4 January - The British government appoints the Woodhead Commission to explore the practicalities of the partition of Palestine.
10 January - James Leslie Starkey, a noted British archaeologist of the ancient Near East and Palestine who leads the first excavations in Tel Lachish, is killed by a gang of armed Arabs near Bayt Jibrin on a track leading from Bayt Jibrin to Hebron.
23 February - The Port of Tel Aviv officially opens, as a competing (Jewish) port to the port in Jaffa, the latter having been crippled by the Arab revolt and general strike since 1936.
12 October - The British Government announces sending a further four battalions to Palestine.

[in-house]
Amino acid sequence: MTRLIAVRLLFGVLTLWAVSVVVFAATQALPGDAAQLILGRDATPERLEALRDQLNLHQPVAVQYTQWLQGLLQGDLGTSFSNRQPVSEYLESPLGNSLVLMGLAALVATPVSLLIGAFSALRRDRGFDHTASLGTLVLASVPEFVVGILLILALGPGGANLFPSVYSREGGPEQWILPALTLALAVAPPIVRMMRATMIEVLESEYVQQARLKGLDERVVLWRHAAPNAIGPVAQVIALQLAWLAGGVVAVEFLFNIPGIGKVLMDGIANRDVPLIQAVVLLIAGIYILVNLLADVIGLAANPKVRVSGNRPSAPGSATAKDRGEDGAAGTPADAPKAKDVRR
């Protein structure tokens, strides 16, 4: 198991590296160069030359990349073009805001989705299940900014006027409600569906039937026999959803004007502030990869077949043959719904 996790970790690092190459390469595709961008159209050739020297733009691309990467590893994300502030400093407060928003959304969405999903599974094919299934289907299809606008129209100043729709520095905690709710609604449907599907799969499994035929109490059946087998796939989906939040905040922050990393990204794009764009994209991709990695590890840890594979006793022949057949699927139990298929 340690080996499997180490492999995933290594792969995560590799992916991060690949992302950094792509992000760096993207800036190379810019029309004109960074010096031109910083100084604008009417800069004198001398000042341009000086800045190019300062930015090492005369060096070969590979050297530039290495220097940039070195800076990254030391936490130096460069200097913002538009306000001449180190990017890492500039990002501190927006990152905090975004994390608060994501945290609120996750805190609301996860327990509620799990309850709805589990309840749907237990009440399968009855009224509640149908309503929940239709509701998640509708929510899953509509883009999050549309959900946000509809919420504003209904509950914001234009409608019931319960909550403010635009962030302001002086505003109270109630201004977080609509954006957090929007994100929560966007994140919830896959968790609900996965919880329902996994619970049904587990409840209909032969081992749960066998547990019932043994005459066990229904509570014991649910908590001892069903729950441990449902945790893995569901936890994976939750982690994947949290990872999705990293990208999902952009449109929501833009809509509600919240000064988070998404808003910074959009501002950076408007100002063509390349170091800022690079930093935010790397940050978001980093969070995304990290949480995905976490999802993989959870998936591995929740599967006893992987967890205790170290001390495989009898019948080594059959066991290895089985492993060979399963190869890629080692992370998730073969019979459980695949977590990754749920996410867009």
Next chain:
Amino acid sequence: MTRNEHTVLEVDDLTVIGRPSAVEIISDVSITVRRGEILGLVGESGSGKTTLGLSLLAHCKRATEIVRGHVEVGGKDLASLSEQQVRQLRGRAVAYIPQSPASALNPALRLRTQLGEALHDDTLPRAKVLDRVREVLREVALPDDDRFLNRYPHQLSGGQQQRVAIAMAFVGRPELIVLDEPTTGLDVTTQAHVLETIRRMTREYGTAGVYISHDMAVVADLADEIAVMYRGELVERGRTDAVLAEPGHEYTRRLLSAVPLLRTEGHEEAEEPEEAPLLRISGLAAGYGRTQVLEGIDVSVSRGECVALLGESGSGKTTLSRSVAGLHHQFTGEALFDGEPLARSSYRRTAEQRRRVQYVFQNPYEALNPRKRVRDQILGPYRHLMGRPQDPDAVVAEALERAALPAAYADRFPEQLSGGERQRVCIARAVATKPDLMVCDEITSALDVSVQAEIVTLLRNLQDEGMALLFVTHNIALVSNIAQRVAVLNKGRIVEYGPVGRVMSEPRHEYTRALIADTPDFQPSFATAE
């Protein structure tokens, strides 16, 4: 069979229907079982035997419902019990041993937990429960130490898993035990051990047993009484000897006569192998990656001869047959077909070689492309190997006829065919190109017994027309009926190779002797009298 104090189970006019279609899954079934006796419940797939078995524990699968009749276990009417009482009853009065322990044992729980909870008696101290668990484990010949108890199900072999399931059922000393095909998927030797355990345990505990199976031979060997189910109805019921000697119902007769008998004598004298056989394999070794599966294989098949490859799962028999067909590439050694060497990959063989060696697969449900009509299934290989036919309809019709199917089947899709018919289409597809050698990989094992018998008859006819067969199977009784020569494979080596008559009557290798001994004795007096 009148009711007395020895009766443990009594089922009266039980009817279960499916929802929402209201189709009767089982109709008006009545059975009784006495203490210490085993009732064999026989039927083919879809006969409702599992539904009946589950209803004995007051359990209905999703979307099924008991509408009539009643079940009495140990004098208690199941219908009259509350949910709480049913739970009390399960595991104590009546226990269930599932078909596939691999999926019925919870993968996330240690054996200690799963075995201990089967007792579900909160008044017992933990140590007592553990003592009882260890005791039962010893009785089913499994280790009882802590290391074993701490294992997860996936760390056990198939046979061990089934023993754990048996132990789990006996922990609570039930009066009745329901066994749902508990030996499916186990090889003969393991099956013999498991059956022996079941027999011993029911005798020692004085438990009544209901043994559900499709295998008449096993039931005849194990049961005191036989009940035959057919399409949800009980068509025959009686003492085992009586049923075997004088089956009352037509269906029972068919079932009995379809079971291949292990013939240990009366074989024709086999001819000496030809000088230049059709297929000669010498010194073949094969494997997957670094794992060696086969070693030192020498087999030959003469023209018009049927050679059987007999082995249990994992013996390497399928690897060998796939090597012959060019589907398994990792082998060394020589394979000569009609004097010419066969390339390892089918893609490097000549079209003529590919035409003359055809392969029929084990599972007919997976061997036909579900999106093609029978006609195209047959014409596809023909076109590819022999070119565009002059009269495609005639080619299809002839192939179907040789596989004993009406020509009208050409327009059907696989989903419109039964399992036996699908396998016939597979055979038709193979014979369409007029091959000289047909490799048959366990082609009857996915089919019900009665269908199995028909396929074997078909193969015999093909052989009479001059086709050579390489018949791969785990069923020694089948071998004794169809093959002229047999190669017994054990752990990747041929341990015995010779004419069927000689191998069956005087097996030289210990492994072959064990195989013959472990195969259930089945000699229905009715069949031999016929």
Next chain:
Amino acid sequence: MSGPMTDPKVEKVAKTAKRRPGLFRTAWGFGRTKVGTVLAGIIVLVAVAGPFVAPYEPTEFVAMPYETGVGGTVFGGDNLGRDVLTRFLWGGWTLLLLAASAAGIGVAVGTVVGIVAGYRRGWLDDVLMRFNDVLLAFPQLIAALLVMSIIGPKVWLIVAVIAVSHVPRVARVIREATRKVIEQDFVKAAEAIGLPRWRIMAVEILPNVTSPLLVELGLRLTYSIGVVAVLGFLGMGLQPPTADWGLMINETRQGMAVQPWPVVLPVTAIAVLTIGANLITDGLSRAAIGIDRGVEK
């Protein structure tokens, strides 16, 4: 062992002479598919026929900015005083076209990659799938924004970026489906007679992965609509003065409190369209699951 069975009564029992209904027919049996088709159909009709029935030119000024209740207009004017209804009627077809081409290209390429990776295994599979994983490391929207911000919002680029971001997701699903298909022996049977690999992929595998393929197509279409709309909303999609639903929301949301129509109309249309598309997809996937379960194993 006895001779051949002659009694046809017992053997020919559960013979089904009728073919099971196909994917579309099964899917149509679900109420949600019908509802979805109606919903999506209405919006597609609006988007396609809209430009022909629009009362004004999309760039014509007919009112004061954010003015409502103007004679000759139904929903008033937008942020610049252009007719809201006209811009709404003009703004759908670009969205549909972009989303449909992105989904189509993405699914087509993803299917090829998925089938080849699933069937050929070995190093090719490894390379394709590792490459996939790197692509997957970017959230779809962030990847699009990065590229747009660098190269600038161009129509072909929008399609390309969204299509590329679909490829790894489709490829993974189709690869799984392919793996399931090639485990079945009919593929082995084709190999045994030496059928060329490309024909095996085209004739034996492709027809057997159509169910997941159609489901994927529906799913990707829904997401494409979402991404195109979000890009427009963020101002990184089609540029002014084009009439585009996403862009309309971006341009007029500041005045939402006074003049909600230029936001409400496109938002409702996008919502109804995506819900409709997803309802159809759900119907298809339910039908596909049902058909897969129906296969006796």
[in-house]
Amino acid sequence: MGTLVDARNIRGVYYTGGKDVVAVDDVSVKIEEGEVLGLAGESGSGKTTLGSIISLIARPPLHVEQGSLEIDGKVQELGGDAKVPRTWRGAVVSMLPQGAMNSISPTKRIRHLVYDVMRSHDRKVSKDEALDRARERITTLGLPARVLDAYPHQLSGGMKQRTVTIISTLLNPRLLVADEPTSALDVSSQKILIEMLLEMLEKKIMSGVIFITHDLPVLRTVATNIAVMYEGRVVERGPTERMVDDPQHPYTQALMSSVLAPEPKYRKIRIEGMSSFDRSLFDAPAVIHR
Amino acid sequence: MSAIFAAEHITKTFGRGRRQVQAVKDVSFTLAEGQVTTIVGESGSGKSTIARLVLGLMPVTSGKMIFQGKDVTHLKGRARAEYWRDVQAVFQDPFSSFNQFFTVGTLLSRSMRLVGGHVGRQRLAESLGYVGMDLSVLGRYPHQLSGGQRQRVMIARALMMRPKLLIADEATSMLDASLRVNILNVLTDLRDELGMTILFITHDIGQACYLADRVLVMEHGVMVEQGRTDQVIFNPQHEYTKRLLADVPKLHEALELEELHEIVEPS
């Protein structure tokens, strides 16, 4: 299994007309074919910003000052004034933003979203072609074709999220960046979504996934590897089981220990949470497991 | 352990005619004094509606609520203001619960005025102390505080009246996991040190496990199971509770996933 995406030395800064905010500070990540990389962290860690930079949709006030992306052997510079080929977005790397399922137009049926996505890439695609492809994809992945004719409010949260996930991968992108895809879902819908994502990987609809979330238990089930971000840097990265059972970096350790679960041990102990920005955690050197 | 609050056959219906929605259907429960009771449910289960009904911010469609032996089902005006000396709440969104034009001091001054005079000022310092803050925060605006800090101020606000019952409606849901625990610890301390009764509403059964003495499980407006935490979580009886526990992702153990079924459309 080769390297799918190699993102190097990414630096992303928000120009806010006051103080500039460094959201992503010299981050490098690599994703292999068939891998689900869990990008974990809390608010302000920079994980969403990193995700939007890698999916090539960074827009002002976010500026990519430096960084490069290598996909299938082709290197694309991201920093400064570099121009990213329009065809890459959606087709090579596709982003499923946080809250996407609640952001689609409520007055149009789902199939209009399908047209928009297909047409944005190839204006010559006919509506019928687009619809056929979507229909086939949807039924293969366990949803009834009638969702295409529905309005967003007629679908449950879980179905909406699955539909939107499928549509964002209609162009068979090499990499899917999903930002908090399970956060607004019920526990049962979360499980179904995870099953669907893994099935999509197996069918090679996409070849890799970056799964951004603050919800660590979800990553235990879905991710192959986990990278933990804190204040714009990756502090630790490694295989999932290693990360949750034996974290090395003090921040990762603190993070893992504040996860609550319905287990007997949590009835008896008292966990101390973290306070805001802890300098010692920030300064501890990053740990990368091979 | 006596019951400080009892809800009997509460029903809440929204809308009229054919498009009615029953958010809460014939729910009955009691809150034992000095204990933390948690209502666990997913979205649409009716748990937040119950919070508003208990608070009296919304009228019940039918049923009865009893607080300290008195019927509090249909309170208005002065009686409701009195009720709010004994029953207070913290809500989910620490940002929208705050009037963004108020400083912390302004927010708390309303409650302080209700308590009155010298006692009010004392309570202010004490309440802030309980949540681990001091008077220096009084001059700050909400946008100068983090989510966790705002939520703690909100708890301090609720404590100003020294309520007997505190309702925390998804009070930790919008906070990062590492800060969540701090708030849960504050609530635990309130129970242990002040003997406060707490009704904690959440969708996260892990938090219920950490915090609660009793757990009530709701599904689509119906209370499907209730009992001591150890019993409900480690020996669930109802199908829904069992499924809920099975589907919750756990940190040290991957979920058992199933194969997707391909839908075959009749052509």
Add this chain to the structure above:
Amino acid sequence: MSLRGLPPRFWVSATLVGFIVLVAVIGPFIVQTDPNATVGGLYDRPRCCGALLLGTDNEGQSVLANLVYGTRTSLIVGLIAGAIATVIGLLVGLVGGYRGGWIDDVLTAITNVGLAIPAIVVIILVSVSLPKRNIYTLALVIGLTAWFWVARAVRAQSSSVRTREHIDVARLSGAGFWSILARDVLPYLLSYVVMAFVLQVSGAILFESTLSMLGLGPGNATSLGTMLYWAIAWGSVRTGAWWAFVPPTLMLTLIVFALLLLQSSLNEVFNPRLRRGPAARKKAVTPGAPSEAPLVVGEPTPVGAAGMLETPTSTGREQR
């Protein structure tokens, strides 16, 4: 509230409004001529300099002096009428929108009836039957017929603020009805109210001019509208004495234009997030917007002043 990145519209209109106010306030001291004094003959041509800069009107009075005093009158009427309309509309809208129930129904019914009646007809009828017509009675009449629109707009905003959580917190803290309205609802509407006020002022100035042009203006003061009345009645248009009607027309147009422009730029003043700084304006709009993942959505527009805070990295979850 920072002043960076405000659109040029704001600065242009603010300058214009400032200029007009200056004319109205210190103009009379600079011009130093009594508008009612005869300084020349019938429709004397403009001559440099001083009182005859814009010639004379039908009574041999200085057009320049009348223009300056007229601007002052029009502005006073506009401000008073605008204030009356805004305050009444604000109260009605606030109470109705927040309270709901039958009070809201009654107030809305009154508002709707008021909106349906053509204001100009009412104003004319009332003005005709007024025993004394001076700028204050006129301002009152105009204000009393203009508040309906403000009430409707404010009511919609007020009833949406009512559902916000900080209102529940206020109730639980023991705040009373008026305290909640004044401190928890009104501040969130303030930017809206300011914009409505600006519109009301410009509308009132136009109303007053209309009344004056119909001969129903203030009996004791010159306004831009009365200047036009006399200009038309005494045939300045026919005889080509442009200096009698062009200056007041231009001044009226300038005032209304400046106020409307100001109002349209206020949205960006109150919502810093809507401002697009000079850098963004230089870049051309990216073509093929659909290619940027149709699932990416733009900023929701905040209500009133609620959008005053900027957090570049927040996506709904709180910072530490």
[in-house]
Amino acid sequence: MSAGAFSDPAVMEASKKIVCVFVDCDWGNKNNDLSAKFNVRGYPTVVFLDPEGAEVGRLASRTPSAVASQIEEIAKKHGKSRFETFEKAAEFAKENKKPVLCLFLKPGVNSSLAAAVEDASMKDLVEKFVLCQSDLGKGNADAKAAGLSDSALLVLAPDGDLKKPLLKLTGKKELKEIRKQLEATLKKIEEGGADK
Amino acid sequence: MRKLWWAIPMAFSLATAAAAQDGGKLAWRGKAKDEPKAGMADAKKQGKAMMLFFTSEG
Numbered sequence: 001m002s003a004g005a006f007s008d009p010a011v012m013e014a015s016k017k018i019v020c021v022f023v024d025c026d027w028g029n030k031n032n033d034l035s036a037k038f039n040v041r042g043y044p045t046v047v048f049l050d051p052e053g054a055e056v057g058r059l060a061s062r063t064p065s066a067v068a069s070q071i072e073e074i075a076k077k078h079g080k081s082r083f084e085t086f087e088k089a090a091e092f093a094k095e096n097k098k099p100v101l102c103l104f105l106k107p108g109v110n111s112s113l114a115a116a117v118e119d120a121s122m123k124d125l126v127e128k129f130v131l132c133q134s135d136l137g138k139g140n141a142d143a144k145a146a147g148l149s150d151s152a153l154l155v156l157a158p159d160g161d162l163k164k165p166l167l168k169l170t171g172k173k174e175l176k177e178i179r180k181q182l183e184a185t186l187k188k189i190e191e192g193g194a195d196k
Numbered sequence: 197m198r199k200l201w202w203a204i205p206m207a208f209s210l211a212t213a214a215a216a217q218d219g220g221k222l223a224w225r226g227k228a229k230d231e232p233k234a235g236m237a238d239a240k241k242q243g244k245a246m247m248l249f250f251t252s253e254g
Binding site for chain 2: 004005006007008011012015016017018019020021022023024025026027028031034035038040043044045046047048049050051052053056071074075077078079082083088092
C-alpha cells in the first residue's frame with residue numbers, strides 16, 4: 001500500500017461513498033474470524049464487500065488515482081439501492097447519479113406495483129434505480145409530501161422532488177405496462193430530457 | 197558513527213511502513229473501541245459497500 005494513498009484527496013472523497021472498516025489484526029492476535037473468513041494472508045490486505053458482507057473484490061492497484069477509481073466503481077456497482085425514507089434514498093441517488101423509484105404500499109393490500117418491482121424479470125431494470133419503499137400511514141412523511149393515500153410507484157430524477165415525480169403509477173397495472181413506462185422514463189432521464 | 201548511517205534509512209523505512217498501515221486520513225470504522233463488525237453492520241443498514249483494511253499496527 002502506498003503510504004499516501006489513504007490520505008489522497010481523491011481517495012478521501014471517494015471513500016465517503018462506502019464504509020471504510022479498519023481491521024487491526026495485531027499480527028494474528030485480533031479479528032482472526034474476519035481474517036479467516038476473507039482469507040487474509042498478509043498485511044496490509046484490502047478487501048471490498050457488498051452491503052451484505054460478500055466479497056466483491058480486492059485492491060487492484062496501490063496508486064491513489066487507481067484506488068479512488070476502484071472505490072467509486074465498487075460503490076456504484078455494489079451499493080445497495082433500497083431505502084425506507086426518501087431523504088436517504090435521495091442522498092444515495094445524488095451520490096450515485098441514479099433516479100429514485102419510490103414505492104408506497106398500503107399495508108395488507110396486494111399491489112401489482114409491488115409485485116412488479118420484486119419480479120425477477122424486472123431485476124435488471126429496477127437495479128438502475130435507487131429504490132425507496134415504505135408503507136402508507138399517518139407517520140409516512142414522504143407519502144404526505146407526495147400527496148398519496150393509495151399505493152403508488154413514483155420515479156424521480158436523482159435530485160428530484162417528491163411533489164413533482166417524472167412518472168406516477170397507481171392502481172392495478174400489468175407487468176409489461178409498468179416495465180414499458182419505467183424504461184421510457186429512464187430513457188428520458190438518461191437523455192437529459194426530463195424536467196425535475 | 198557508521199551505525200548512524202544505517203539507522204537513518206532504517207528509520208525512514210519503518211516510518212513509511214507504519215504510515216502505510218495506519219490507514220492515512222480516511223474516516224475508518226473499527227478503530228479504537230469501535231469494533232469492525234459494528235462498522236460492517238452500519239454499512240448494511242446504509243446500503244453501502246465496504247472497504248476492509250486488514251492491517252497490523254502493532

18 October - British army troops regain control of the old city of Jerusalem, which is occupied by Arab extremists in early October.
9 November - A technical British committee, known as the Woodhead Commission, rejected the Peel Commission partition plan mostly on the grounds that it could not be achieved without a large forced transfer of Arabs. It proposed "a modification of partition which, ...seems, subject to certain reservations, to form a satisfactory basis of settlement", if the U.K is prepared to provide a "sufficient assistance to enable the Arab State to balance its budget".